Gauss’s Flux Theorem for Gravity and Newton’s Law

Gauss’s flux theorem for gravity (also known as Gauss’s law for gravity) in differential form says that

\nabla \cdot \mathbf{g} = -4 \pi G \rho

In this note I want to show that one can get quite far towards deriving Gauss’s law for gravity without knowing Newton’s law of universal gravitation, but not all the way. To explore this, suppose that all we know is that the gravitational force depends on mass and radial distance:

\mathbf{g} = k(M, r) \cdot \mathbf{e_r}

Here, k is an unspecified function, M is a mass which can be taken as being located at the origin, r is the radial distance from the origin, and \mathbf{e_r} is a radial unit vector.

Now we imagine a closed spherical surface \delta V of radius r centered at the origin. The total flux of the gravitational field \mathbf{g} over the closed surface \delta V is

\oint_{\delta V} \mathbf{g} \cdot d\mathbf{A} = \oint_{\delta V} k(M, r) \cdot \mathbf{e_r} \cdot d\mathbf{A}

= k(M, r) \oint_{\delta V} \mathbf{e_r} \cdot \mathbf{e_r} \cdot dA

= k(M, r) \oint_{\delta V} dA

= k(M, r) \cdot 4 \pi r^2 (this explains where the 4 \pi comes from).

The total flux is independent of r so to eliminate r^2 we must have k(M, r) = \frac{k^*(M)}{r^2} where k^*(M) is some unspecified function of M, and therefore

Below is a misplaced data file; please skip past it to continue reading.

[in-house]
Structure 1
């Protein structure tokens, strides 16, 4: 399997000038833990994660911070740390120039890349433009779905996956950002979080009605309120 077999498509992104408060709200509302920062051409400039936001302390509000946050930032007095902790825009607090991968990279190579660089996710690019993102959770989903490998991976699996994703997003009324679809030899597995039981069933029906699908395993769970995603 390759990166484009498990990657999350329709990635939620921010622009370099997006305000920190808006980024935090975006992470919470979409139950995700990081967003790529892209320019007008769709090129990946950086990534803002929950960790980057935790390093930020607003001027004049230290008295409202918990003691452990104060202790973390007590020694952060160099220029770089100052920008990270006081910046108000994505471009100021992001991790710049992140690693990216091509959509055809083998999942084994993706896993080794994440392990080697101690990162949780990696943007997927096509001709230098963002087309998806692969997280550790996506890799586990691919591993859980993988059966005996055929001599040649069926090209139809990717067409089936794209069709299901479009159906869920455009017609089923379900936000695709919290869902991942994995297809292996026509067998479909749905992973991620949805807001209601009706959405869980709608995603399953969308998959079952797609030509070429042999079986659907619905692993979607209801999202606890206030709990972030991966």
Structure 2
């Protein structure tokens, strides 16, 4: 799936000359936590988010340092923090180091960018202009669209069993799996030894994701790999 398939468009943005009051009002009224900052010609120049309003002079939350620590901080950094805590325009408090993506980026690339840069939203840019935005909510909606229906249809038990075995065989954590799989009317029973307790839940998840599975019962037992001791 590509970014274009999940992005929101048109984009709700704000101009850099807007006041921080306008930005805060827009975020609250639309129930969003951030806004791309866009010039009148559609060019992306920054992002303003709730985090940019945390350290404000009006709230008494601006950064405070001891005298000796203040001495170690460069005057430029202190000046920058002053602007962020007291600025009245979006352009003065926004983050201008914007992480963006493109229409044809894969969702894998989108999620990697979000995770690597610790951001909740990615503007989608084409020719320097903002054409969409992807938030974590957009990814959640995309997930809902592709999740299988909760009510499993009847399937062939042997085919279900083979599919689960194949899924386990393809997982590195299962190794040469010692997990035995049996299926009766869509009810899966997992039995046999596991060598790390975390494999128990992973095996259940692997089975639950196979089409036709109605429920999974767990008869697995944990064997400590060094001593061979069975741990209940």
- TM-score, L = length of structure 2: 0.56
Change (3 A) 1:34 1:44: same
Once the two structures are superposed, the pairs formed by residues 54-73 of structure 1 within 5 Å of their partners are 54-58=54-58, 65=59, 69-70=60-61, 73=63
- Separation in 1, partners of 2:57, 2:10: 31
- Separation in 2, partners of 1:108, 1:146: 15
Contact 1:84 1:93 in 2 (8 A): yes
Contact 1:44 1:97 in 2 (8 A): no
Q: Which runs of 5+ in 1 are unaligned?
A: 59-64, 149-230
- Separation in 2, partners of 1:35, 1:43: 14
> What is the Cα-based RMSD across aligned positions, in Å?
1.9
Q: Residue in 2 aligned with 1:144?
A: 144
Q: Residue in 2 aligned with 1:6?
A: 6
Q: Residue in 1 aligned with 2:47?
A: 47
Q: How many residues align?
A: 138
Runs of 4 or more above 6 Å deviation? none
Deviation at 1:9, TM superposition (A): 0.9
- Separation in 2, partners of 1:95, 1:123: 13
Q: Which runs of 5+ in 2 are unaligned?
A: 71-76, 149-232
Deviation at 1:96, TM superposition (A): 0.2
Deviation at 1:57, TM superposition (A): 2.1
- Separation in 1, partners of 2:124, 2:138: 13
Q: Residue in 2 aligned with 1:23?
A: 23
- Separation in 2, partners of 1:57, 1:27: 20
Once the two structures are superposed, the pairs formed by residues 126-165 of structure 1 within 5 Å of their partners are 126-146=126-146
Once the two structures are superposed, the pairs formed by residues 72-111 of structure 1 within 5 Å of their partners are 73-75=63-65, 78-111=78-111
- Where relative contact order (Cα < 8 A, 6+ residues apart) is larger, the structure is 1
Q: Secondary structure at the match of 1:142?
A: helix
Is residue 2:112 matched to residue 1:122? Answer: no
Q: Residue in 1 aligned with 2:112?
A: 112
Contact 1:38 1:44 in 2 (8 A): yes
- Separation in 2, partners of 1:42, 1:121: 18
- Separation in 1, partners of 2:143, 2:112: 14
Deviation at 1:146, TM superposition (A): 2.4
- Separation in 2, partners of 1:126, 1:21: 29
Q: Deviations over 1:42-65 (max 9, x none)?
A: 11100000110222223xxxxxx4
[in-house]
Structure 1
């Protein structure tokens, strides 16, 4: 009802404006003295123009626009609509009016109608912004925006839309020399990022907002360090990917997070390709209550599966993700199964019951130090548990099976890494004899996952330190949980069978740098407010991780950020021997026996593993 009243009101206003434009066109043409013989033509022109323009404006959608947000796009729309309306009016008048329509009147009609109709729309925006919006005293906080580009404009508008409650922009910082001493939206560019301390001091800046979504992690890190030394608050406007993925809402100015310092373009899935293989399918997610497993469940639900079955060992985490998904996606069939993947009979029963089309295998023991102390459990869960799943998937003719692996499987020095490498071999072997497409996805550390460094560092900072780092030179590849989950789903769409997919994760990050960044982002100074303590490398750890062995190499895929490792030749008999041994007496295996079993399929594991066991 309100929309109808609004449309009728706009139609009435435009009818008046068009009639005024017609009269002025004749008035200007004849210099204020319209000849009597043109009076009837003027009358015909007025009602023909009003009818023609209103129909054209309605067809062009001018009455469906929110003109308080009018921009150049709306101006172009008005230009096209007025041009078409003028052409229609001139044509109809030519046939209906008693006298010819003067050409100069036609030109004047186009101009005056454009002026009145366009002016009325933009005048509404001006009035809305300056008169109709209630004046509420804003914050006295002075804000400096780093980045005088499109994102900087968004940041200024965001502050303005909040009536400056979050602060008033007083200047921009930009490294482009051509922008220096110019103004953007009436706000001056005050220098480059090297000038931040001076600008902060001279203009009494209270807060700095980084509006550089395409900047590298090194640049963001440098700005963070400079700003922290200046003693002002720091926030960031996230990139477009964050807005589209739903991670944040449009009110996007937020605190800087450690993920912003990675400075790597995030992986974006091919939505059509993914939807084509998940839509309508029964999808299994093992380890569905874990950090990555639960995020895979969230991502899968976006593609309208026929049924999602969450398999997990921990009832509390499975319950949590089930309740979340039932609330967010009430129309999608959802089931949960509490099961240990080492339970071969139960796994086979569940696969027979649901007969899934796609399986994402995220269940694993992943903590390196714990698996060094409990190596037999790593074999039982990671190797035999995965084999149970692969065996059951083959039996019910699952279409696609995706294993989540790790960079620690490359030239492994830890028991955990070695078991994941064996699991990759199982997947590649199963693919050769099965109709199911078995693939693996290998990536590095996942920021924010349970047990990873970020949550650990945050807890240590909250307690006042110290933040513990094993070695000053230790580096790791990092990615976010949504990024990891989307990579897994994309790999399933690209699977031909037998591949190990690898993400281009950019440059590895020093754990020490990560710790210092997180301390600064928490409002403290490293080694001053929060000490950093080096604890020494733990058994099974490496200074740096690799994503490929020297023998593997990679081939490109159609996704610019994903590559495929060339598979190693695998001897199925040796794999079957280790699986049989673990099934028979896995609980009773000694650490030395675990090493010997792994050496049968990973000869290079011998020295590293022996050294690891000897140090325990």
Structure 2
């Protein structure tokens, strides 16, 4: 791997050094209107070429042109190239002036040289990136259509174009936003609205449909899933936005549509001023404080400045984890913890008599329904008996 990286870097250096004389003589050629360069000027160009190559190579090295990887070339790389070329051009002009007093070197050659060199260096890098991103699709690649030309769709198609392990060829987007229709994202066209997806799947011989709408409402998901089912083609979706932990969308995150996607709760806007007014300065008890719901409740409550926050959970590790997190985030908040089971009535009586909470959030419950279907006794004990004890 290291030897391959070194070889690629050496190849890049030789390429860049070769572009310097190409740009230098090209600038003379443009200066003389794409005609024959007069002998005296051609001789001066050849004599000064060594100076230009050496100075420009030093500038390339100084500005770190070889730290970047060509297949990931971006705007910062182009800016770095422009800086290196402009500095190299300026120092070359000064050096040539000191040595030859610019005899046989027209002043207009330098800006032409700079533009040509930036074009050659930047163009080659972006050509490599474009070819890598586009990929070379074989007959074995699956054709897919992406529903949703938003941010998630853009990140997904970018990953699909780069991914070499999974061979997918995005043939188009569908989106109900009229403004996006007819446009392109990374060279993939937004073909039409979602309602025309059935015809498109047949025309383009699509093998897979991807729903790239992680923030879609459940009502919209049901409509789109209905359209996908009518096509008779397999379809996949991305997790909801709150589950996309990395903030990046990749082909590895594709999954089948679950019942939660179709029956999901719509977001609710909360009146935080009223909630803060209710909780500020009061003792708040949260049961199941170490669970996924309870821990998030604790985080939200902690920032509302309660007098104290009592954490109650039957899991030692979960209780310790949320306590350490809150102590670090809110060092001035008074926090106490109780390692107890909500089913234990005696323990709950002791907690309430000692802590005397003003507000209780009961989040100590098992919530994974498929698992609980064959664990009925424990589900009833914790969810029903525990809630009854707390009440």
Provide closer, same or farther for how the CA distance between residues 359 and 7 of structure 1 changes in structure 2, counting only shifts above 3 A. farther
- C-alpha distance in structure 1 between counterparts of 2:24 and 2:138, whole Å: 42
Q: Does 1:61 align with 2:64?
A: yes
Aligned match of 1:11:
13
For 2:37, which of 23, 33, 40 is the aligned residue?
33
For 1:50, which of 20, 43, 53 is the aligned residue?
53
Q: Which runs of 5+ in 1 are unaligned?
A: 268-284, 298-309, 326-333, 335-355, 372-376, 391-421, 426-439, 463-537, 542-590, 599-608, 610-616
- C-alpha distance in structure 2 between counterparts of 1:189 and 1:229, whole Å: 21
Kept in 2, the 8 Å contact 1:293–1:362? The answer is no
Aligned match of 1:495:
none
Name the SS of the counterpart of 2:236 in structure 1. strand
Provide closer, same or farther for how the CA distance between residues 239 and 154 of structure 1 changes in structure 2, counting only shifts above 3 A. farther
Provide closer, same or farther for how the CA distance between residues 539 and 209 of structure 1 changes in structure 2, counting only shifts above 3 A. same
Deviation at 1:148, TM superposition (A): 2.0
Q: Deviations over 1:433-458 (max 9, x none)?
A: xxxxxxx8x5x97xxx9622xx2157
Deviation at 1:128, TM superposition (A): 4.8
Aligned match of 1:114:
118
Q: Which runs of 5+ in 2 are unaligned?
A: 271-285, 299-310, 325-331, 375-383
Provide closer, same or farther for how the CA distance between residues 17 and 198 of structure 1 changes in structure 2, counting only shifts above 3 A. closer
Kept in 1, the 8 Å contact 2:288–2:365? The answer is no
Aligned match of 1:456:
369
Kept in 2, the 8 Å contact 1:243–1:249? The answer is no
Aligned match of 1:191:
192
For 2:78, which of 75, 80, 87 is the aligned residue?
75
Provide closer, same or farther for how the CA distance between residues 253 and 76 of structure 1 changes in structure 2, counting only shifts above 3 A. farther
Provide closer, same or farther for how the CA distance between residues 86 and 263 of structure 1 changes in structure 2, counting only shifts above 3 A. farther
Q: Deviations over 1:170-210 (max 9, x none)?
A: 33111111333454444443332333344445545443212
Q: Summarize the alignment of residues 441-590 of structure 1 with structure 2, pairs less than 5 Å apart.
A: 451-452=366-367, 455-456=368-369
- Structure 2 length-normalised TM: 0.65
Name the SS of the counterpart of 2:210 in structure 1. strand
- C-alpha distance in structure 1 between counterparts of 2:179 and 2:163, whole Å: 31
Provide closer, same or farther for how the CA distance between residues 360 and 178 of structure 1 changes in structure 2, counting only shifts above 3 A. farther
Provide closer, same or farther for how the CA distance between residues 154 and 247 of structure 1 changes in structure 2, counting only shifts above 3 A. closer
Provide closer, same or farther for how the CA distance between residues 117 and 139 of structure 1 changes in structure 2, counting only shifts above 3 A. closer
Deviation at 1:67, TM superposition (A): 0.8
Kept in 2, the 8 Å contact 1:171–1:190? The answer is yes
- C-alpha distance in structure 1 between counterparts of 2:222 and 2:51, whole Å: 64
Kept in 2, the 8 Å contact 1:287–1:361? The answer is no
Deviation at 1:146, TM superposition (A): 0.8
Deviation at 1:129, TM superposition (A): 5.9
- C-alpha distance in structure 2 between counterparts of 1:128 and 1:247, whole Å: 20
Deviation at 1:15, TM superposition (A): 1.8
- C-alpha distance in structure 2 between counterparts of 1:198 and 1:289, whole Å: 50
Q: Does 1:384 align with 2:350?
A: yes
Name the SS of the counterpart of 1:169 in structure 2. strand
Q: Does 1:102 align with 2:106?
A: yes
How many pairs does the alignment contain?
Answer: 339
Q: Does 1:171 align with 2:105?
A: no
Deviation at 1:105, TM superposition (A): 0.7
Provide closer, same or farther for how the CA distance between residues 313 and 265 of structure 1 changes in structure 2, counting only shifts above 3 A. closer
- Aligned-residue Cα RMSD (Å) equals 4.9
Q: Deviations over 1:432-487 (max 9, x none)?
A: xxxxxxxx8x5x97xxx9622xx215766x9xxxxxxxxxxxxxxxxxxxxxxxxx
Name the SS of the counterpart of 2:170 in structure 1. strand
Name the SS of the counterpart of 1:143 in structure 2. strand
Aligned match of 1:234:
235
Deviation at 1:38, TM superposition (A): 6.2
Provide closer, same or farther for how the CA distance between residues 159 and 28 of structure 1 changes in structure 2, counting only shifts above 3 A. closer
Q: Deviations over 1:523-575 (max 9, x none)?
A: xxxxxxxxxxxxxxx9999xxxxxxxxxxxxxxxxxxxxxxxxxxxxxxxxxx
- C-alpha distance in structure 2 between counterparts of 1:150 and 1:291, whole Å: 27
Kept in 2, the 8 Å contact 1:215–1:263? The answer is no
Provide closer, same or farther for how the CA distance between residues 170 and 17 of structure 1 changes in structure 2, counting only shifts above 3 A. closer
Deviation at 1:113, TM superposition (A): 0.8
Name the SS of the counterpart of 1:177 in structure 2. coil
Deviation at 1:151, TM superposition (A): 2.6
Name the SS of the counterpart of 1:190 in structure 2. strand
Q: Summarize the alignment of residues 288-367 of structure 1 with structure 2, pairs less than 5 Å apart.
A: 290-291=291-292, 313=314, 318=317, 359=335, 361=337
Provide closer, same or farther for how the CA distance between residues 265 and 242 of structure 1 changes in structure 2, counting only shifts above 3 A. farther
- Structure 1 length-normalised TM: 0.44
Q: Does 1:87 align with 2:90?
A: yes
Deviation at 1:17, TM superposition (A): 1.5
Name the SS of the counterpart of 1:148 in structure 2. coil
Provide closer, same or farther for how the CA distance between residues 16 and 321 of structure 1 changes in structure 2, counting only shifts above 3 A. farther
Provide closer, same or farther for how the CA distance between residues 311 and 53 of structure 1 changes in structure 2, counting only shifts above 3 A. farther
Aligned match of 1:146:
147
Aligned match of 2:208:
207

\oint_{\delta V} \mathbf{g} \cdot d\mathbf{A} = k^*(M) \cdot 4 \pi

By the divergence theorem we can write this as

\oint_{V} \nabla \cdot \mathbf{g} dV = k^*(M) \cdot 4 \pi

and therefore differentiating both sides with respect to V we get

\nabla \cdot \mathbf{g} = k^{* \prime}(M)\frac{dM}{dV} 4 \pi

If we set \frac{dM}{dV} = \rho we see that this is *nearly* Gauss’s law:

\nabla \cdot \mathbf{g} = k^{* \prime}(M) 4 \pi \rho

We only need Newton’s law to tell us that k^{* \prime}(M) = -G at this final stage.

The link with the scalar potential comes through \mathbf{g} = -\nabla \phi which gives us

\nabla^2 \phi = 4 \pi G \rho

(a well known type of partial differential equation known as Poisson’s equation).